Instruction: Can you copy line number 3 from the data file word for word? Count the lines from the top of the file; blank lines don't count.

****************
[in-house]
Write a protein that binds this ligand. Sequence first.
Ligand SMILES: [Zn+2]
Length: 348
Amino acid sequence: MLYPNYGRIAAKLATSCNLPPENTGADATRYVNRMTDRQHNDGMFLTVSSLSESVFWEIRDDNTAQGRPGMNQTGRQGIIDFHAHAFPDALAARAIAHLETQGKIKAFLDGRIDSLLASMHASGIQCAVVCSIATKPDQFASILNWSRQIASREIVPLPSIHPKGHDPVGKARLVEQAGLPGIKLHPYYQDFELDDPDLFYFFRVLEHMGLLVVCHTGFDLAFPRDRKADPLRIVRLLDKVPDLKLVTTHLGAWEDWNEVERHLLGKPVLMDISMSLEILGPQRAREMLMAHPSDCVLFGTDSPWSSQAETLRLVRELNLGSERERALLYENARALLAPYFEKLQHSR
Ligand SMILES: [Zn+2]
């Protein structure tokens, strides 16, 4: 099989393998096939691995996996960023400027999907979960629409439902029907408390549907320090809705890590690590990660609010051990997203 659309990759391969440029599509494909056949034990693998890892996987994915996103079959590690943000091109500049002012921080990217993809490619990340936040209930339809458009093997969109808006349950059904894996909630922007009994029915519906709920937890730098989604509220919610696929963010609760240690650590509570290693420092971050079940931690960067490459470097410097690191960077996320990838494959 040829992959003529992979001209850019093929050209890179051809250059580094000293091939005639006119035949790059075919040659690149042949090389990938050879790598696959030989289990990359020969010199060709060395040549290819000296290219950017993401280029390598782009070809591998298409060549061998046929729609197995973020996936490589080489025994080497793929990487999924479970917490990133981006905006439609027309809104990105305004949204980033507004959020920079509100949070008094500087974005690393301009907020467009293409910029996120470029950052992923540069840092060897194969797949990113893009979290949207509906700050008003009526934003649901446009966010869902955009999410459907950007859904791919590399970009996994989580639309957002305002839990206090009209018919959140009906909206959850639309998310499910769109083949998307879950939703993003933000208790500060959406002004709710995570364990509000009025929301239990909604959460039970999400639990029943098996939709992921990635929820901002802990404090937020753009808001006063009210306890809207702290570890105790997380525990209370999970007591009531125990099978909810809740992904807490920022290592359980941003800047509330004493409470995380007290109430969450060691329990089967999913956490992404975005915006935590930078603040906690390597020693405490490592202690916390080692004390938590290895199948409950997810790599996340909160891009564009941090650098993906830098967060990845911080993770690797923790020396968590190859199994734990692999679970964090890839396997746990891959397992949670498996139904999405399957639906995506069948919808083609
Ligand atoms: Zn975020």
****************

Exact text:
Ligand SMILES: [Zn+2]